Against this backdrop, Directors welcomed the authorities' initial policy response to the terms-of-trade change, but cautioned that heavy reliance on foreign financing should not substitute for adjustment. They noted that the pass-through of higher energy import prices, the more moderate increase in wages, and—critically—the strong fiscal restraint in evidence to date had helped maintain macroeconomic stability. However, most Directors expressed concern about the incomplete pass-through of energy price increases, the continued rapid growth of credit, and the insistence on official targets that call for substantial fiscal and monetary loosening by year-end. These factors, together with the slow pace of structural reforms, would raise external financing needs, the bulk of which would be debt-creating, thereby escalating macroeconomic risks. Some other Directors, however, saw merit in the authorities' gradual approach to reform, stressing the importance of long-term social and economic stability.
Directors considered that the permanent terms-of-trade shift and the likely lag in the supply response called for early adjustment in the policy mix, including a tighter wage policy. In addition, they urged the authorities to implement market-oriented reforms that would substantially reduce state intervention in the economy.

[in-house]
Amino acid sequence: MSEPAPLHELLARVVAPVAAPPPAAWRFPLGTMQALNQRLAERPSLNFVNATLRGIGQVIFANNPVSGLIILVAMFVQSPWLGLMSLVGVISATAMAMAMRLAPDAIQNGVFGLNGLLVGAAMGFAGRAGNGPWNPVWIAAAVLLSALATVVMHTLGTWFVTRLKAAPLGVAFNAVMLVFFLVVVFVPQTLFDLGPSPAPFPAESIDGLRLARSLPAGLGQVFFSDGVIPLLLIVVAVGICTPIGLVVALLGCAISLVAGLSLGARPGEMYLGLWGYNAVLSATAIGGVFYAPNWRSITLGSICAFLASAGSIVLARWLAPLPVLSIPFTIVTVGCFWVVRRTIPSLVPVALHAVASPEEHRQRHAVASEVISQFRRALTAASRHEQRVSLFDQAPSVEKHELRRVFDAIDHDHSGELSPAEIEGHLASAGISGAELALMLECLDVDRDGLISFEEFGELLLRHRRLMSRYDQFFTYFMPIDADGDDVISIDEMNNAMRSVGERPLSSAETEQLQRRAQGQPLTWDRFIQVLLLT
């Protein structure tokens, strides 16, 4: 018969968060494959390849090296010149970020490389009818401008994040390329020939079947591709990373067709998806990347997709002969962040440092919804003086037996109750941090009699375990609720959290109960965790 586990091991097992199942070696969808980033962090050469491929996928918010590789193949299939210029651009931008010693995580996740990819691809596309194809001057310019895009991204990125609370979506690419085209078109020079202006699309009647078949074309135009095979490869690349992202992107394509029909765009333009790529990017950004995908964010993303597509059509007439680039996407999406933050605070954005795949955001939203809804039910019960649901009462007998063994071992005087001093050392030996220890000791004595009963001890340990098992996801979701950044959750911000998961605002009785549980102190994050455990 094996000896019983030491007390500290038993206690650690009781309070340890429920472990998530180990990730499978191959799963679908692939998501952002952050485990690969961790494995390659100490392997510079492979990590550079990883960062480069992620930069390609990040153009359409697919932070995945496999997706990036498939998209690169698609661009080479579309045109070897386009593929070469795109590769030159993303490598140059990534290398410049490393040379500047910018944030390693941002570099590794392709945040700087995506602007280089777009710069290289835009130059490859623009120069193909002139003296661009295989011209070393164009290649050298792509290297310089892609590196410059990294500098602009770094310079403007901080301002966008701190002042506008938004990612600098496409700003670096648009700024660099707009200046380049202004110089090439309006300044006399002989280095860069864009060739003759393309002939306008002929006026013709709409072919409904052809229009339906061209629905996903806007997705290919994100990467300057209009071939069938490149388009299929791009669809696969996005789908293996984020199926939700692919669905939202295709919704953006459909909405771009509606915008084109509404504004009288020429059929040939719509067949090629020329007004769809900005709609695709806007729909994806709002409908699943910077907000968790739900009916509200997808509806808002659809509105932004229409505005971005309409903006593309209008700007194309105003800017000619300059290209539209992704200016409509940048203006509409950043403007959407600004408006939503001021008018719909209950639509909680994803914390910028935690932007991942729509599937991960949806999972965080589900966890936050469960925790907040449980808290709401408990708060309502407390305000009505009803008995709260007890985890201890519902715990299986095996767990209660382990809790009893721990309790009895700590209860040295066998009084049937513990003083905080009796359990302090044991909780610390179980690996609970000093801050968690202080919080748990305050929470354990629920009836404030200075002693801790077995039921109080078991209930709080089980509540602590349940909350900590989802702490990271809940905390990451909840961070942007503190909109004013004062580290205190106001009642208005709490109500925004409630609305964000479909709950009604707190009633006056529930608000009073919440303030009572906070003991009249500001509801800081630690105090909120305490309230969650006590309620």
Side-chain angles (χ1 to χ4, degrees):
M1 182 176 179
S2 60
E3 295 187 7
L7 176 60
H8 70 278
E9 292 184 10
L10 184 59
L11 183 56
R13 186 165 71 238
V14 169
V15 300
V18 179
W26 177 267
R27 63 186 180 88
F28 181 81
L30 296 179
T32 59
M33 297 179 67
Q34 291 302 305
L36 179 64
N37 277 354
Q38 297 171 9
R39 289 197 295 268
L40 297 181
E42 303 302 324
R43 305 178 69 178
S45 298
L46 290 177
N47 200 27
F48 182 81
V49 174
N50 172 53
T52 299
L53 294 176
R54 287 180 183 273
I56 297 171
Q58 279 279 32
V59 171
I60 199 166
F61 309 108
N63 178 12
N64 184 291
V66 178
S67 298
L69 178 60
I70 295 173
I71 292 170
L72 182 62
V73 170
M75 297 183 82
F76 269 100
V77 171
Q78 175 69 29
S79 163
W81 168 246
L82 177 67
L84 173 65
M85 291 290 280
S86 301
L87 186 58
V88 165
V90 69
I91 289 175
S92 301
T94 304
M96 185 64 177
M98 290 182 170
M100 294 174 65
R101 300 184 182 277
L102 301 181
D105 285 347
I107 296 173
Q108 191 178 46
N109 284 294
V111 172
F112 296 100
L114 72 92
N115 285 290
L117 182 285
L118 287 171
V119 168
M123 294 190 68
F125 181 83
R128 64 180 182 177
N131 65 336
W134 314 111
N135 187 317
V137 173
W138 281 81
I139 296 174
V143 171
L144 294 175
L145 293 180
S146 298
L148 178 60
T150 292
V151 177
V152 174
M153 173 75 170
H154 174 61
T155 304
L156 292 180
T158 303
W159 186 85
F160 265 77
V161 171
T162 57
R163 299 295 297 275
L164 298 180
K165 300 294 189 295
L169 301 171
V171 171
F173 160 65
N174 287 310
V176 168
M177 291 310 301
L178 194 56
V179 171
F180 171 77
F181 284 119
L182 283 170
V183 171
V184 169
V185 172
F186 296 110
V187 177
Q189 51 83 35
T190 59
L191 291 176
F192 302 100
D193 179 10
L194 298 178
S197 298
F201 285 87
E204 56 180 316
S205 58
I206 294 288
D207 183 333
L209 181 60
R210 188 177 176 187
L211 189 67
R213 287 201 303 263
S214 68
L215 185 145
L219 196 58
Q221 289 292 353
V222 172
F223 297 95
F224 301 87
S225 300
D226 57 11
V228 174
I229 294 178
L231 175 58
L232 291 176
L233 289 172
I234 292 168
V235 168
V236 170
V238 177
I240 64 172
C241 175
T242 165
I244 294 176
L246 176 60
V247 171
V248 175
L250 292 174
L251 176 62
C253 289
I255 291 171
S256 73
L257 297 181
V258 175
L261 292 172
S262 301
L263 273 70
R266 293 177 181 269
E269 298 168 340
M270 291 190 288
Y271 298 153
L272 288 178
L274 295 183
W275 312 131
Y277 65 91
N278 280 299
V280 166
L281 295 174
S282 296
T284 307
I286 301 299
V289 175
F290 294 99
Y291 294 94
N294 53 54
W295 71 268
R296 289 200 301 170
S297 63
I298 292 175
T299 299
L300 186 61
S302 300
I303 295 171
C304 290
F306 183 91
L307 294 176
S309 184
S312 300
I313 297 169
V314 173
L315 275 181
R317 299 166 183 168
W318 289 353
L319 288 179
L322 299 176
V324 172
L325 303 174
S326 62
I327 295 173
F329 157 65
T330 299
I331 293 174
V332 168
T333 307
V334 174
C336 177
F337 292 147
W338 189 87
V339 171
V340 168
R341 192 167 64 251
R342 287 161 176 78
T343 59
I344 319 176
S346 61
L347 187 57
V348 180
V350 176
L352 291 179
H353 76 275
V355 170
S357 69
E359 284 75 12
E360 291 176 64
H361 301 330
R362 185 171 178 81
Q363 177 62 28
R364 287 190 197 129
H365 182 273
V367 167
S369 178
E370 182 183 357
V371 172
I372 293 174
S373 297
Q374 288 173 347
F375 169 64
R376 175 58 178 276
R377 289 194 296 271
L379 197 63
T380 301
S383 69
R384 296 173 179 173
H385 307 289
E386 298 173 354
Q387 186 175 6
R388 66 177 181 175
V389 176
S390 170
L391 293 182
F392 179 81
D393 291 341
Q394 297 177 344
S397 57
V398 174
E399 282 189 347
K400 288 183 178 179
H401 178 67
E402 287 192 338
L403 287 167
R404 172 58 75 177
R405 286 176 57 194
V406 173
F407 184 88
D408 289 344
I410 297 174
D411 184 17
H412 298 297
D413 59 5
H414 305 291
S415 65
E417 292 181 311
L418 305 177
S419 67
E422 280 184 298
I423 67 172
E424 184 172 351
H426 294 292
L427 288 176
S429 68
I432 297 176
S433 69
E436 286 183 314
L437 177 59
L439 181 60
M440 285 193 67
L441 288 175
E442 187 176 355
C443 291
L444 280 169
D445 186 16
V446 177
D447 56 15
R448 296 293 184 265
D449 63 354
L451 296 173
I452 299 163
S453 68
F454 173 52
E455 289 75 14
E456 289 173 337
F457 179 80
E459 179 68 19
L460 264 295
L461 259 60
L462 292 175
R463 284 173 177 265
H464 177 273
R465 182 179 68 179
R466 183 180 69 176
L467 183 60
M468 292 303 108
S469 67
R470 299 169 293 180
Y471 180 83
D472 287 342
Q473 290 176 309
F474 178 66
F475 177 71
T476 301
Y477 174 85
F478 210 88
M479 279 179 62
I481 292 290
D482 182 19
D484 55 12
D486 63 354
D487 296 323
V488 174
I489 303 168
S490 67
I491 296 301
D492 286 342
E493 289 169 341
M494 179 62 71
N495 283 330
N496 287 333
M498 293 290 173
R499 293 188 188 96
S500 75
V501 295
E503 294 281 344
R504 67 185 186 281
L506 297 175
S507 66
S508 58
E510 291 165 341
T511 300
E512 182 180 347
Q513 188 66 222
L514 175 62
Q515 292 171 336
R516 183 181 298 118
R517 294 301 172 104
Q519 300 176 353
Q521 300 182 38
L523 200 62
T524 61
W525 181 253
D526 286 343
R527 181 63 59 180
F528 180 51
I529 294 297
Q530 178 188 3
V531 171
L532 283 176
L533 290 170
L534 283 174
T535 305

Directors stressed the importance of tightening the fiscal stance. In particular, Directors encouraged the authorities to press ahead with their plans to limit expenditures and improve the operation of the tax system. Also, subsidies to public enterprises and banks should be reduced and the targeting of social spending should be improved.
Directors welcomed the clarifications in the monetary policy framework envisaged for 2008, but saw continued rapid credit growth as inconsistent with maintaining the exchange rate peg. Directors welcomed the planned shift to a formal peg to the dollar, which would eliminate the divergence between the National Bank of the Republic of Belarus (NBRB)'s de jure and de facto exchange rate targets. They observed, however, that to maintain the peg, credit growth needed to be slowed, notably through a phase-out of directed lending. In addition, most Directors noted the deteriorating current account position and the erosion of the economy's competitiveness, as unit labor costs had risen substantially, export market shares in the CIS had decreased, and on the staff's calculations, the real exchange rate had appreciated significantly. Looking ahead, a number of Directors advised the authorities to consider creating the preconditions for greater exchange rate flexibility over time.
Directors commended the NBRB on the progress in strengthening the supervisory framework. However, they emphasized that against the backdrop of continued rapid credit growth, the NBRB needed to remain vigilant in strictly enforcing prudential requirements. Directors welcomed recent steps toward attracting strategic foreign investors to the banking system, stressing the importance of transparent and competitive privatization procedures.